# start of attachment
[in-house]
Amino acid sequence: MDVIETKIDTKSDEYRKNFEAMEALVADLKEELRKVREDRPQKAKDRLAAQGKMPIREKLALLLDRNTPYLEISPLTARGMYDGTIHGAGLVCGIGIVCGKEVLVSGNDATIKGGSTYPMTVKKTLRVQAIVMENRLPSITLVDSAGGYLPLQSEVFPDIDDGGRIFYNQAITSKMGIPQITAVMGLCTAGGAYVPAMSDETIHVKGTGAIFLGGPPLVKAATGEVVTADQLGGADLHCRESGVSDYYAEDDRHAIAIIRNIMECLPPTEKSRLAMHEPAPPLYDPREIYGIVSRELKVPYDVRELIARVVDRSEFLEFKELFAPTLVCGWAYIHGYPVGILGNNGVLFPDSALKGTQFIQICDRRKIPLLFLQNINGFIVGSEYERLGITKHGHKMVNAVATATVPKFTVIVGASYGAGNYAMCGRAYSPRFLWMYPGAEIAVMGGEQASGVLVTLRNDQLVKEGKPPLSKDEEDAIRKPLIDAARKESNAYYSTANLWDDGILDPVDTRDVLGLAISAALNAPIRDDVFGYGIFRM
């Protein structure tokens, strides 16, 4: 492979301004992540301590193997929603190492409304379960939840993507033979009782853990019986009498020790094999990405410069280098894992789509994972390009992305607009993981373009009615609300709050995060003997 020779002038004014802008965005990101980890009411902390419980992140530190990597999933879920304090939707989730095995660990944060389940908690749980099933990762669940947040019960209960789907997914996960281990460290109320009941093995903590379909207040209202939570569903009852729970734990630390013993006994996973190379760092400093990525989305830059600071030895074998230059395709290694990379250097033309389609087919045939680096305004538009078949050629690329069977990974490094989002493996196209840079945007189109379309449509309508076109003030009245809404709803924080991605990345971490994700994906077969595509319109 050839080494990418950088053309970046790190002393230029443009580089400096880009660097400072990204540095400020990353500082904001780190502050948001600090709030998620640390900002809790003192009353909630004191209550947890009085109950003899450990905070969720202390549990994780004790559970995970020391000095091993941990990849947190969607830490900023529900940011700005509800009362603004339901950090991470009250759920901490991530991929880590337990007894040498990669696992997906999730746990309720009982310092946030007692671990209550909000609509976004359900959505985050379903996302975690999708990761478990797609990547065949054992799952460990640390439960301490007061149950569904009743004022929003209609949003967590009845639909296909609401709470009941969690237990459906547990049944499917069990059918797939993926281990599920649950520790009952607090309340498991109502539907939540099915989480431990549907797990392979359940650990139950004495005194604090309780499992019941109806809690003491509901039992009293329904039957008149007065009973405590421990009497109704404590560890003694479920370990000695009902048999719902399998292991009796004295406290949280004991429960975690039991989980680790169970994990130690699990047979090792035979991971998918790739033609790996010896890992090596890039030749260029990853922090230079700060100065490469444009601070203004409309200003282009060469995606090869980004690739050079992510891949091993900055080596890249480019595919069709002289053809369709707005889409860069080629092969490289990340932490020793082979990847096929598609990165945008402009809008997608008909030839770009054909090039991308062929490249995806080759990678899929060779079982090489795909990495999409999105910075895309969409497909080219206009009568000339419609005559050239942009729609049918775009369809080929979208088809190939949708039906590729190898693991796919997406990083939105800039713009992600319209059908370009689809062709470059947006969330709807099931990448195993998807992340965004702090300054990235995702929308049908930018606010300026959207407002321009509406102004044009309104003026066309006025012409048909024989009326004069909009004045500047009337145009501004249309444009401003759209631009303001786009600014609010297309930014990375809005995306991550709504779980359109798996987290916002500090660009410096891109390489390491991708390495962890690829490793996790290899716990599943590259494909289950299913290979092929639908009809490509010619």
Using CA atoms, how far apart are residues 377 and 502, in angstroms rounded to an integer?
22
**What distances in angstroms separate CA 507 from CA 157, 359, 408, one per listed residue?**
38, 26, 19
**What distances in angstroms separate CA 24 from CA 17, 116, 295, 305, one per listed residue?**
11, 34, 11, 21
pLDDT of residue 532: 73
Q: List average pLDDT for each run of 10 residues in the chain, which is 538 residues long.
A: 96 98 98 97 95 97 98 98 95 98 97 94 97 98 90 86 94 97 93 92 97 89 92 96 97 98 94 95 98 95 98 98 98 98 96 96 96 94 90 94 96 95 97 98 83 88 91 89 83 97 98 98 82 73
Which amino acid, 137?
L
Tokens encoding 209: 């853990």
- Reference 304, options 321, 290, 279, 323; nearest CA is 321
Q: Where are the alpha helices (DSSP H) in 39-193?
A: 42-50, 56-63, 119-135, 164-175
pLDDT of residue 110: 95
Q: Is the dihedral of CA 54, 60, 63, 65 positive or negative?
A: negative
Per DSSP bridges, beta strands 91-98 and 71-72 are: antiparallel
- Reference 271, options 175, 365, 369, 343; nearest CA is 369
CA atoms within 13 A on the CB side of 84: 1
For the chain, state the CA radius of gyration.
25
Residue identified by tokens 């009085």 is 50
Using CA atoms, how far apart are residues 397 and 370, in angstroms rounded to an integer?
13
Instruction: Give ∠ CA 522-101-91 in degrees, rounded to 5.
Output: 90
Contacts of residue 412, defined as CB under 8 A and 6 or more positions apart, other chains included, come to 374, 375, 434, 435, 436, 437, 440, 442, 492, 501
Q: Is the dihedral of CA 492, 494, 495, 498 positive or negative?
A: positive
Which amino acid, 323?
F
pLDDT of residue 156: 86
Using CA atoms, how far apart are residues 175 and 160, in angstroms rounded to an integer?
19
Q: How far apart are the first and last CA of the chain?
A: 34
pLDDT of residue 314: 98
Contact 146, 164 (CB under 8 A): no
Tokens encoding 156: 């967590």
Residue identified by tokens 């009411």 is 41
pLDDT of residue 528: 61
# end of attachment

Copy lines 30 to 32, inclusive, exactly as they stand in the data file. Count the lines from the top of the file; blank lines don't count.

Instruction: Give ∠ CA 522-101-91 in degrees, rounded to 5.
Output: 90
Contacts of residue 412, defined as CB under 8 A and 6 or more positions apart, other chains included, come to 374, 375, 434, 435, 436, 437, 440, 442, 492, 501